f(x) = ax^3+bx^2+cx+d .
If a function is increasing, then its first derivative should be positive.
So f'(x) > 0.
f'(x) = (ax^3+bx^2+cx+d)' > 0.
f'(x) = 3ax^2+2bx+c > 0.
Therefore if a is positive an the discriminant (2b)^2 - 4(3a)c < 0, or 4b^2-12ac < 0 , Or b^2 - 3ac< 0 then for all x, f'(x) > 0 and f(x) is an increasing function.
Therefore if a is positive and if b^2-3ac < 0, then for all x f(x) is an increasing function.
For f(x) to be increasing, the derivative of f(x) has to be positive.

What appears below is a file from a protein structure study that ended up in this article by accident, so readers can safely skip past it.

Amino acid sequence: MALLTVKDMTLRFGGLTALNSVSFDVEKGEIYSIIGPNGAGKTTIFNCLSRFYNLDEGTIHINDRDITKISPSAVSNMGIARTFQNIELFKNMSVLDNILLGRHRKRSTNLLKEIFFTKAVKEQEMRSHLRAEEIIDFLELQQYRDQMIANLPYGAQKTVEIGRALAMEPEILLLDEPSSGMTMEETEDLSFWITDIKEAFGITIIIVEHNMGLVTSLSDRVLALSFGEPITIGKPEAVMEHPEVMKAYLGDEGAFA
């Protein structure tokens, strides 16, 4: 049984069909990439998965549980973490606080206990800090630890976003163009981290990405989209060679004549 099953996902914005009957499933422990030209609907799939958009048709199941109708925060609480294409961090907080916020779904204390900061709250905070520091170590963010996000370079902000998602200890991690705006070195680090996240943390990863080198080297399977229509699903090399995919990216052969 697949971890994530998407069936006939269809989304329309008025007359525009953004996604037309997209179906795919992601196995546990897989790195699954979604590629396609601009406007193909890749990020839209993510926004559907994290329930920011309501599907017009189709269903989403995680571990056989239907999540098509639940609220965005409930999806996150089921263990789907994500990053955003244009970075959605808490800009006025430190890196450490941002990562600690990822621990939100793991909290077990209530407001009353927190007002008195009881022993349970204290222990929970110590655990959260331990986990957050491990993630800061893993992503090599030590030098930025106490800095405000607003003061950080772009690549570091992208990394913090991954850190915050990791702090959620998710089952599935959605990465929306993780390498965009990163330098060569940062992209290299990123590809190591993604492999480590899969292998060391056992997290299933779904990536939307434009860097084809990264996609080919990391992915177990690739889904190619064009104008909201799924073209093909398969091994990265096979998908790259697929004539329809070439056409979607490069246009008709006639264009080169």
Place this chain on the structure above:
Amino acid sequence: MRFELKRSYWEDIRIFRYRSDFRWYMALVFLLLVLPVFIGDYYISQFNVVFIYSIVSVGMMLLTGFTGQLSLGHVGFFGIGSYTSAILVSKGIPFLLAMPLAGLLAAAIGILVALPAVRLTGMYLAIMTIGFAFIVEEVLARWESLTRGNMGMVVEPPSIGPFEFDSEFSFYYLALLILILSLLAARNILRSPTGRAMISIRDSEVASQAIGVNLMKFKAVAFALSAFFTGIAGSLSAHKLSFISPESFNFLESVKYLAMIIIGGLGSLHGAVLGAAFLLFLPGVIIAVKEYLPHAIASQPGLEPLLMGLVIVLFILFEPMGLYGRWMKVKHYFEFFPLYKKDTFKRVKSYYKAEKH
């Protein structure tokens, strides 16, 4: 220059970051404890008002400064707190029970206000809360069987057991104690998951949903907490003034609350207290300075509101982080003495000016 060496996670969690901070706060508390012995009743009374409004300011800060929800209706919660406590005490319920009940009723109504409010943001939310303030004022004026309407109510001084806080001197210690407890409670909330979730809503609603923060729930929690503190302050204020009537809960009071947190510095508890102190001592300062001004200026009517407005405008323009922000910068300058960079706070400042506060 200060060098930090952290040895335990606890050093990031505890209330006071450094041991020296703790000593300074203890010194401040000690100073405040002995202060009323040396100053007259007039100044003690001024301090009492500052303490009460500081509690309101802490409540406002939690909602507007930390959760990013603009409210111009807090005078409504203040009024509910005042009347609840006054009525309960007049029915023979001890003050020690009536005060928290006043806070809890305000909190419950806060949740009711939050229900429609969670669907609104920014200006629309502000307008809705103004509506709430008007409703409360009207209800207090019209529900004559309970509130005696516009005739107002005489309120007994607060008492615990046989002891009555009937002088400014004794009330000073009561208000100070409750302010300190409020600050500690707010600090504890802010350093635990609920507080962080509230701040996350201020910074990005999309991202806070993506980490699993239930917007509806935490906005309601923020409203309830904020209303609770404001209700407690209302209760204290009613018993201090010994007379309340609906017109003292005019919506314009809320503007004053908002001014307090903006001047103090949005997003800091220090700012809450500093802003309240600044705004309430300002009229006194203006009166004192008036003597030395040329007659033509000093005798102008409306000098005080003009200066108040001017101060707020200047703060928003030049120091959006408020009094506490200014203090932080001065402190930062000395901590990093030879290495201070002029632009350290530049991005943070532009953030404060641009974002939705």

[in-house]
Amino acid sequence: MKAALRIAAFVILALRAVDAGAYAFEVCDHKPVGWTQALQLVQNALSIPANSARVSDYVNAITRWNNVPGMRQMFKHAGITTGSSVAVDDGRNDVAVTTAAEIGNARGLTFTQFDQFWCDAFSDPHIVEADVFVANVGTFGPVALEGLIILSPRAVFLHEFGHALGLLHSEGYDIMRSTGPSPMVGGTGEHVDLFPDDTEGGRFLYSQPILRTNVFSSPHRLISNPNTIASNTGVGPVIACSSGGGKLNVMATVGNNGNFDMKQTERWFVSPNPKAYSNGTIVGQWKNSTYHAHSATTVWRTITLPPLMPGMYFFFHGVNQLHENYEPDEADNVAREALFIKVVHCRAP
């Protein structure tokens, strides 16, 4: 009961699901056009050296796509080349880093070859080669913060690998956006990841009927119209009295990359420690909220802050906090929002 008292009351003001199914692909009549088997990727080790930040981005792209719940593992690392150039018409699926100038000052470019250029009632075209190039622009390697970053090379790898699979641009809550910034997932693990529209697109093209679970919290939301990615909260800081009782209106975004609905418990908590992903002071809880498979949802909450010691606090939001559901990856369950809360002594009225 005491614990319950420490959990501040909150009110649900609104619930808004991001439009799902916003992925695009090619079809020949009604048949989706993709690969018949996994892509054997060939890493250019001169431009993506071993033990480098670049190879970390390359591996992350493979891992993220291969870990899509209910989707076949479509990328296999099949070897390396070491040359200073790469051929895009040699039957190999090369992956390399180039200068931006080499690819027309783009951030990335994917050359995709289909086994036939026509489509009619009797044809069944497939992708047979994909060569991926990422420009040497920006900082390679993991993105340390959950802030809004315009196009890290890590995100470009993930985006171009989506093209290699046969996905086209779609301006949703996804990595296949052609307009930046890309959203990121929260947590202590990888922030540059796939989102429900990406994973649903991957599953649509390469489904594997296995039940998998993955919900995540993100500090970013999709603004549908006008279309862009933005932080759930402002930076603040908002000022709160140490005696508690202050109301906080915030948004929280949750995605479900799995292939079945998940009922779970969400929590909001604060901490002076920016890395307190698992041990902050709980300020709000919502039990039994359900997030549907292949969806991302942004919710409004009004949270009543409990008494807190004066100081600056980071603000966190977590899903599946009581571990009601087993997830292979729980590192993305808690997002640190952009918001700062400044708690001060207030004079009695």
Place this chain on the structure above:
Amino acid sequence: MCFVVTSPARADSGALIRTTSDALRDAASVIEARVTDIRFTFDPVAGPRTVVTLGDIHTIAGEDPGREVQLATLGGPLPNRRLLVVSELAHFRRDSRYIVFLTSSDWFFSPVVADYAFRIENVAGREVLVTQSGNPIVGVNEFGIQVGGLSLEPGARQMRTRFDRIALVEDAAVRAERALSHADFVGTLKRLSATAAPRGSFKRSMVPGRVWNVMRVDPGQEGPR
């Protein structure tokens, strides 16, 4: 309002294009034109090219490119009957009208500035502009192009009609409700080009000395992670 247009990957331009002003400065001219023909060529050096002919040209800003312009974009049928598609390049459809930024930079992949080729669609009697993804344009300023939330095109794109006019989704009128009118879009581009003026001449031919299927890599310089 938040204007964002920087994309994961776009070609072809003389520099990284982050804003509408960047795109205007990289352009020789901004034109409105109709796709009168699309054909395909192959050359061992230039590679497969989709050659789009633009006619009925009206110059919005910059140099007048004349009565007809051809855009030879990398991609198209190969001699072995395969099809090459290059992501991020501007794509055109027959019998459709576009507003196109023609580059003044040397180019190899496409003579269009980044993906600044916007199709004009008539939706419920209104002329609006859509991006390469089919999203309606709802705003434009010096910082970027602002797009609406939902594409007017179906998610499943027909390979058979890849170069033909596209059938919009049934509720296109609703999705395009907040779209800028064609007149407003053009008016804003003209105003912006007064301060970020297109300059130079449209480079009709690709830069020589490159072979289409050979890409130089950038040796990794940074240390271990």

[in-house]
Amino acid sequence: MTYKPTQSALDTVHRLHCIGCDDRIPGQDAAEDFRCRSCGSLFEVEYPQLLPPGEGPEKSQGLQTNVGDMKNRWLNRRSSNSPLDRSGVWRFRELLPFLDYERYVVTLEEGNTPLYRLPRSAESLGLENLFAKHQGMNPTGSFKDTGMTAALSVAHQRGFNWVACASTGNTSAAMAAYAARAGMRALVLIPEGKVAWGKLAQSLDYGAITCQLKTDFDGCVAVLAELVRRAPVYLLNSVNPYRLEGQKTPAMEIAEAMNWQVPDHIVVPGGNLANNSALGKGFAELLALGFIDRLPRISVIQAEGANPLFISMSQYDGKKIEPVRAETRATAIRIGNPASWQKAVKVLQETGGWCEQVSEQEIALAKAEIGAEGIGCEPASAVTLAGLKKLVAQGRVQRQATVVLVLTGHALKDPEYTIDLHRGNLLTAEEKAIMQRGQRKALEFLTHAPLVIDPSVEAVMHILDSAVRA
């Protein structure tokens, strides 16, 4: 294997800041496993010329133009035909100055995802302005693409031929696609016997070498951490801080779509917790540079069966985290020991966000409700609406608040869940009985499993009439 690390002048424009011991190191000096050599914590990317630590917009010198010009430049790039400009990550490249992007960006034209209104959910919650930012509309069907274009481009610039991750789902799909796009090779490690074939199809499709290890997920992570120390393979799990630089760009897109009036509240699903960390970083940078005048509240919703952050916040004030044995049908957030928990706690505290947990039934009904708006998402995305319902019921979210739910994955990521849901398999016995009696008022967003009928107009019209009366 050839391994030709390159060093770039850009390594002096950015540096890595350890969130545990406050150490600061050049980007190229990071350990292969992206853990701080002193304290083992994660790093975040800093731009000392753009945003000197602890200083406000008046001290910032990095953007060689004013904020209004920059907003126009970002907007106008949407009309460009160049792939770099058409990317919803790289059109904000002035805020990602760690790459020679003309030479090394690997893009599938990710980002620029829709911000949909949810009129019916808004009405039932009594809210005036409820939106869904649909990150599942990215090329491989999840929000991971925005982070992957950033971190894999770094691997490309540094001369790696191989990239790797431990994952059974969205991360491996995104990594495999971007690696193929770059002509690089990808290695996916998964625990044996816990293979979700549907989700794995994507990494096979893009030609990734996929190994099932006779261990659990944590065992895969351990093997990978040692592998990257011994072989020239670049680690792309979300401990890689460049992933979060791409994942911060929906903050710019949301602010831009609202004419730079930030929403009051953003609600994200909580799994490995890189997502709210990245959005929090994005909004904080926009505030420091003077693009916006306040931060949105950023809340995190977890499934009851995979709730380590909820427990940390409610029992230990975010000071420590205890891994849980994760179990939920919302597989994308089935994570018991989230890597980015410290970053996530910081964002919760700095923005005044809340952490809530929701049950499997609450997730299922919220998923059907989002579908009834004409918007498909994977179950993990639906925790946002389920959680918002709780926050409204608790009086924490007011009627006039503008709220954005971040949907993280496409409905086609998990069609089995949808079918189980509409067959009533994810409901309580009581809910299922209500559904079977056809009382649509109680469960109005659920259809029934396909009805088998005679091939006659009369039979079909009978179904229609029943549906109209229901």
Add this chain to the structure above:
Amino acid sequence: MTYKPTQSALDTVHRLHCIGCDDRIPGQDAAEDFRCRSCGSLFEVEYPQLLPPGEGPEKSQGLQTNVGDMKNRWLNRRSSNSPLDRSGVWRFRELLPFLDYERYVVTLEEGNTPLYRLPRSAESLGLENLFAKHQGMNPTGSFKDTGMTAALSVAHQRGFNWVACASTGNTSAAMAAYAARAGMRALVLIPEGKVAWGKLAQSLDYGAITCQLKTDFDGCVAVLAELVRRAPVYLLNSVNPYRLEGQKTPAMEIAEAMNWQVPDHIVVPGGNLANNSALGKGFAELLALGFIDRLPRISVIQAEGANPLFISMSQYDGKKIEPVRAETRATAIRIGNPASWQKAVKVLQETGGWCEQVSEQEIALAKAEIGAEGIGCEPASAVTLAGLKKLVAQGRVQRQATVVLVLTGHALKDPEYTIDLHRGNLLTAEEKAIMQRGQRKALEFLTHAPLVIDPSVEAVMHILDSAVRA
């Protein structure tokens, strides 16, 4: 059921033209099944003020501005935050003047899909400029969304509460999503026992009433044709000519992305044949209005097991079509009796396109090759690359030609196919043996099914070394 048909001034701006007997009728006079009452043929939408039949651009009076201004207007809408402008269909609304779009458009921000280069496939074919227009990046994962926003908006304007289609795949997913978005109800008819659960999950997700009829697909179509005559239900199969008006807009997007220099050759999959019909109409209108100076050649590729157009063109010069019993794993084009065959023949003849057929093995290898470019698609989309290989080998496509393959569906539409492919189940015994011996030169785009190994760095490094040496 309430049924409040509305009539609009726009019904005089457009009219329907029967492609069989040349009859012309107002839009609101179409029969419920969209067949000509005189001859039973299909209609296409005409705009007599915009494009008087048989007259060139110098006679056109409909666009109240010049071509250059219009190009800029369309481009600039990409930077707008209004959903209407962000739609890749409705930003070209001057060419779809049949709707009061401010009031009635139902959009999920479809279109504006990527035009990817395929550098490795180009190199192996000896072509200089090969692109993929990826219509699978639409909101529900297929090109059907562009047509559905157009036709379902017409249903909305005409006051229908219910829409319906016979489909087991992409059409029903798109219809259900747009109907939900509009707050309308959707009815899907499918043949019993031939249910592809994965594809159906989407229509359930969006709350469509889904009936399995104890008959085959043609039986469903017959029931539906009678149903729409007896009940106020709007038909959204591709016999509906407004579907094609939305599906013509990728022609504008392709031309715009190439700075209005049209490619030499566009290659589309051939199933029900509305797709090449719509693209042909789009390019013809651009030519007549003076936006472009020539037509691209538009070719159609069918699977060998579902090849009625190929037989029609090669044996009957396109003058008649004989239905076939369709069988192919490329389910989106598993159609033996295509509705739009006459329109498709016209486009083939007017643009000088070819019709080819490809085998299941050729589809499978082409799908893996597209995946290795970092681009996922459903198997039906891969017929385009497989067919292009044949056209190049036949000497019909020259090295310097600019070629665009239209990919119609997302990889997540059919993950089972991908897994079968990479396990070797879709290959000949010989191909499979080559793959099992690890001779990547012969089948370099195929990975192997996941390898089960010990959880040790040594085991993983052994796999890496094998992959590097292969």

We'll determine the first derivative:
f'(x) = (ax^3+bx^2+cx+d)'
f'(x) = 3ax^2 + 2bx + c
For the expression of the first derivative to be positive, we'll impose the constraint that the discriminant delta to be negative.
delta = (2b)^2 - 4*3a*c
delta = 4b^2 - 12ac
delta < 0
4b^2 - 12ac < 0
We'll divide by 4:
b^2 - 3ac < 0
We'll add 3ac both sides:
b^2 < 3ac
The constraint for f(x) to be increasing over the interval (-infinite, +infinite) is that: b^2 < 3ac.
when would it then be decreasing from (-infinity to +infinity)?